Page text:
the new lot on South State Street
because she commutes from Troy and
approaches Ann Arbor from the
opposite direction.
Crisler Arena's parking lot is one
of the major commuter lots south of
campus. Many students who regular-
ly use the Crisler lot said they could
benefit from the extra parking avail-
able at the South State lot,
Engineering senior Anthony
Davis, who lives on South Industrial
Street, said he might use the new
service depending on his class
schedule.
"One thing that could sway my
decision is parking," Davis said.
"Now it's hard to find parking spots
at Crisler."
Pat Cunningham, manager of
University Transportation Services,
said that both Glacier Way and
Crisler lots are usually filled to
capacity during the week.
He said that the University is
"looking to expand (the number of
spaces) on North Campus also."
Cunningham said several locations
are currently under evaluation.
The bus route will take com-
muters up South State Street and in
a loop through Central Campus,
traveling on South University,
Geddes and North University
Avenues before returning to the lot
via South State Street.

Four parties file for fall MSA elections

By Susan T. Port
Daily StaffReporter
The Michigan Student Assembly's candidate list for
fall elections was issued on Monday. Among the par-
ties running in the MSA election are the Liberty Party,
Michigan Party, Students' Party and the United Rebels
Front.
MSA officials originally said that only the Michigan
Party and Students' Party had candidates running in
the election.

Sixty-eight students are running for representative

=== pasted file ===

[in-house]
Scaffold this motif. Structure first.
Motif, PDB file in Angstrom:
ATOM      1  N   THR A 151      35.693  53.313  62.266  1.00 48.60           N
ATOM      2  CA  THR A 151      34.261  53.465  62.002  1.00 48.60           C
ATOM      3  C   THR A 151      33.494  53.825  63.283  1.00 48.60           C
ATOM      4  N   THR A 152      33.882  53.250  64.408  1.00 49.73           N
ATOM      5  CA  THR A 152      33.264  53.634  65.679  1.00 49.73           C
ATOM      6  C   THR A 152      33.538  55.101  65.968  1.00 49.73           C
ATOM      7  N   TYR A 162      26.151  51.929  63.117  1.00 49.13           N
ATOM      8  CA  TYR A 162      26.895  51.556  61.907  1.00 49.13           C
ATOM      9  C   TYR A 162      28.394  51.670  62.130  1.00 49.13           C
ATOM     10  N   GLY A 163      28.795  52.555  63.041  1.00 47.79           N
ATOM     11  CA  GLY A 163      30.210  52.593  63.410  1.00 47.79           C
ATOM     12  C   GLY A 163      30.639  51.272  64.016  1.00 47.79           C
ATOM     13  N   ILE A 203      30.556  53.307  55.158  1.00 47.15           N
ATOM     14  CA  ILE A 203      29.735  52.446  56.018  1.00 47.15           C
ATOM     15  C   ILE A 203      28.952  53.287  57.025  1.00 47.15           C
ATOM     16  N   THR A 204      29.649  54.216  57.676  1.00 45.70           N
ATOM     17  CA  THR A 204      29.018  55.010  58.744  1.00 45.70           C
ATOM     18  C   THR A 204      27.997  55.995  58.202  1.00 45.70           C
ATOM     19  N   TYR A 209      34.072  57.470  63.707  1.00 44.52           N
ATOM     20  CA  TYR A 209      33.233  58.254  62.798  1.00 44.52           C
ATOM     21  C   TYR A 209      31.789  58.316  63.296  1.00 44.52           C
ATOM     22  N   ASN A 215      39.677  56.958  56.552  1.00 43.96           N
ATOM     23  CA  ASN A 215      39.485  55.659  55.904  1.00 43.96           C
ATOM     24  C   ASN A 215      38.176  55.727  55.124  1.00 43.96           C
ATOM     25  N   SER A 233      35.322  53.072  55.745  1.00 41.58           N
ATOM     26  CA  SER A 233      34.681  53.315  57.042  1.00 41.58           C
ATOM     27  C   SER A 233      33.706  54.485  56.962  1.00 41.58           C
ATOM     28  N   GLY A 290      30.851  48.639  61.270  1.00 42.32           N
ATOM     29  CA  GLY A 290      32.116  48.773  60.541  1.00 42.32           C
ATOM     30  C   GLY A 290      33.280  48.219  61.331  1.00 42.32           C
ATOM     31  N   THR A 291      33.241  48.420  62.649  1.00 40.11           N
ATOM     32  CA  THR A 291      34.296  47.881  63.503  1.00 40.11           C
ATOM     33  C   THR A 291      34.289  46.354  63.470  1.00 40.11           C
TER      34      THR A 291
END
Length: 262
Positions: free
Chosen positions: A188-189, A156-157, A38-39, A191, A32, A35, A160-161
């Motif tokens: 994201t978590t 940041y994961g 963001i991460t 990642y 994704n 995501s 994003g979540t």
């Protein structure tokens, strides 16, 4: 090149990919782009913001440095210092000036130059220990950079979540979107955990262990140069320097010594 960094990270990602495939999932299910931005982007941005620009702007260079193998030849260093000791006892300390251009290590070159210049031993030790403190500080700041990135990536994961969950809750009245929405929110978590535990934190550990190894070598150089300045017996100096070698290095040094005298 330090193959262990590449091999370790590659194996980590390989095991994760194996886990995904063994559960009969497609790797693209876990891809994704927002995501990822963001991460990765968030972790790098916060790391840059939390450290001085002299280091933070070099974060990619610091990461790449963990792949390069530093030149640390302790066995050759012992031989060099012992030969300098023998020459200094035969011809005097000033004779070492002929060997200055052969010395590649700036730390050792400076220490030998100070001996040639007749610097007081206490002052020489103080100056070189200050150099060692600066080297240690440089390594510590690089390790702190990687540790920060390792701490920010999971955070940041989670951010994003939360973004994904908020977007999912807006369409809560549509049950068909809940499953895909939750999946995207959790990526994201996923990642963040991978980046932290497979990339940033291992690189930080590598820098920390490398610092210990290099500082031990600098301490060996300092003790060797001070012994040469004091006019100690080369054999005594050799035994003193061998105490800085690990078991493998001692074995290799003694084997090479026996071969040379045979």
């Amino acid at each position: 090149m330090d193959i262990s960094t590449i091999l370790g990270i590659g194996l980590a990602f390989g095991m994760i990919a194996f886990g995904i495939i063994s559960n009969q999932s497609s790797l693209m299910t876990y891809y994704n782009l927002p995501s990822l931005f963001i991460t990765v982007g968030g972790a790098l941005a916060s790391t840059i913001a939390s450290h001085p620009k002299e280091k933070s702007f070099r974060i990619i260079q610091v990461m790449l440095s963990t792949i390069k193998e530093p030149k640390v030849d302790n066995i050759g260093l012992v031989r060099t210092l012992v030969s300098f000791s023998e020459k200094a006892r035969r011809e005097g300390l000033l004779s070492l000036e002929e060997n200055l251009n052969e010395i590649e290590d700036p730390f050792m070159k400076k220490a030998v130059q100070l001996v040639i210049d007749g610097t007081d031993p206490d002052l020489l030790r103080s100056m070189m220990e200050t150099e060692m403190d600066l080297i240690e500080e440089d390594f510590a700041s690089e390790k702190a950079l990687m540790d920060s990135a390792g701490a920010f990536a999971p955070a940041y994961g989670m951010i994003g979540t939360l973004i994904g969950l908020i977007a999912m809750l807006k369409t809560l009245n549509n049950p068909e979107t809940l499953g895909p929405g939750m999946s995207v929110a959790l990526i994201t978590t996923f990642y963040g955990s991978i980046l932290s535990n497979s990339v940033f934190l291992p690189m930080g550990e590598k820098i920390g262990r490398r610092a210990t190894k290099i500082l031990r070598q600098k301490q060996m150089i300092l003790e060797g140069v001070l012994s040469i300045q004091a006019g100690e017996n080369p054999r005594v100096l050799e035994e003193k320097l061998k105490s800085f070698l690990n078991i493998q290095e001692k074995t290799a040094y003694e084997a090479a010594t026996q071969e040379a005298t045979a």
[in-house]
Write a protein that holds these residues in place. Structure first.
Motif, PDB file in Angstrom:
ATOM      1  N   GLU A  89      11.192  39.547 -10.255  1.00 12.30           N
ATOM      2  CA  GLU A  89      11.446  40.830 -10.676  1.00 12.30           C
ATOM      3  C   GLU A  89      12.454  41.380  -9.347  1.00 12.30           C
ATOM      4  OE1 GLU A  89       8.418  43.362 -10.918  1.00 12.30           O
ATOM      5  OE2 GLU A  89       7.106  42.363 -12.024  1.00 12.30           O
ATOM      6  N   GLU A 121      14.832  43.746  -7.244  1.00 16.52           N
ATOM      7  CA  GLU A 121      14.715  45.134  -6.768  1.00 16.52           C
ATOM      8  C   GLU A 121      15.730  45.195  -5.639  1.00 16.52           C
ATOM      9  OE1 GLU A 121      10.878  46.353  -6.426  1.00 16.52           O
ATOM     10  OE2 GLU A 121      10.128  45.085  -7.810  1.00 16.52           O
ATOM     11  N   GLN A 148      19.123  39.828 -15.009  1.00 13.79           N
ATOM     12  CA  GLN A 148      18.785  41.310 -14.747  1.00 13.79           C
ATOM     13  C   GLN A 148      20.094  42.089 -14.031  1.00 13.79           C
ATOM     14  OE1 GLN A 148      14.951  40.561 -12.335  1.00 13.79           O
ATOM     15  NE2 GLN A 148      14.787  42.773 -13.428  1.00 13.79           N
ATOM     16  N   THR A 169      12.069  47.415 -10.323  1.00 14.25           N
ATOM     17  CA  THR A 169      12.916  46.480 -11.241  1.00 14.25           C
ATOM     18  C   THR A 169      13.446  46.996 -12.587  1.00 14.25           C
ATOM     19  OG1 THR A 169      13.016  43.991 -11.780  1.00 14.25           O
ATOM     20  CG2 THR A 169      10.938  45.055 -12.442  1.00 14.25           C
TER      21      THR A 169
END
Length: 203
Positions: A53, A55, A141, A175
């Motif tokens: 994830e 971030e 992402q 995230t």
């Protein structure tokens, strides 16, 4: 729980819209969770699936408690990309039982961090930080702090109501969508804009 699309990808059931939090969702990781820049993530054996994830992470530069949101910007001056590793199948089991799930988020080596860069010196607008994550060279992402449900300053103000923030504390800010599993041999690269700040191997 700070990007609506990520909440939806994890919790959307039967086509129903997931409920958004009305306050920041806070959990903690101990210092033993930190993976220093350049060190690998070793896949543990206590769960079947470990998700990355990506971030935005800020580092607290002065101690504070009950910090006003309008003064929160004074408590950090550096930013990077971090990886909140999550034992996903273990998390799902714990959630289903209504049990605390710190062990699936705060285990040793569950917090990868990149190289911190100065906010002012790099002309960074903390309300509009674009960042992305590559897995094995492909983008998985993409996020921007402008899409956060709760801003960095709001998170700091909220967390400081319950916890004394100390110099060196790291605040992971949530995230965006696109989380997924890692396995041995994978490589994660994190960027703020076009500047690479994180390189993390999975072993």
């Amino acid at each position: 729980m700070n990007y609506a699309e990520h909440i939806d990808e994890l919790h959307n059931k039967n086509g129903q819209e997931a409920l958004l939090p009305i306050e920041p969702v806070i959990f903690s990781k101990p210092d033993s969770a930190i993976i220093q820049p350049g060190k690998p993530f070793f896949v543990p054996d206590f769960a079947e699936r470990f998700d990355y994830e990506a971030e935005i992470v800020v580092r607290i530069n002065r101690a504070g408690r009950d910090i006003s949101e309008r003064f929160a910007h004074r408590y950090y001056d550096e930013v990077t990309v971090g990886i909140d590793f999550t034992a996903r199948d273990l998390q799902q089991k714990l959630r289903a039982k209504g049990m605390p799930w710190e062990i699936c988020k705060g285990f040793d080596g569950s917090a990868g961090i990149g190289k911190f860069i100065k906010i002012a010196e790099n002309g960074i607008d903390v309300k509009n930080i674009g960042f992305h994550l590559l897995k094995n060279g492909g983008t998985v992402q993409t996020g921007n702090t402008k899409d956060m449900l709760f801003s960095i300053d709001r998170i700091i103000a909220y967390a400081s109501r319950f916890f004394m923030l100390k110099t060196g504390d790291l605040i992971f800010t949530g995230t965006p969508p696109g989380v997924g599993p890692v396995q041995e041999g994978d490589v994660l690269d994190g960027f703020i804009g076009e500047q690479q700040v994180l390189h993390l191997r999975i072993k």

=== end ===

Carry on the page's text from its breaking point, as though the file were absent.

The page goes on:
seats on the assembly. The deadline for candidates to
file with MSA was Friday at 5:30 p.m.
LSA first-year student Roy Diamond said lie chose
to run with the Liberty Party because he liked their
platform.
"I like the Liberty Party's platform," Diamond said.
"The party wants to represent all students."
Diamond said the Liberty Party's reputation is build-
ing on campus. "At this level, it will be more difficult,"

Diamond said. "'We don't have as much recognition."
Pak Man Shuen, chair of the United Rebels Front,
said his party has a strong platform. Shuen admitted
that potential candidates of his party feared the party's
name would hurt their chances of being elected.
"To be honest, potential members were afraid their
chances of winning would be eroded by the name of
our party," said Shuen, an LSA senior. "(The party's
name) is a shameless plot to capture attention. My
name is very eye-catching.

'Analysts predict
Detroit casinos

at s

NeWE

u Atwater and
Greektown groups will
nost likely land casino
licenses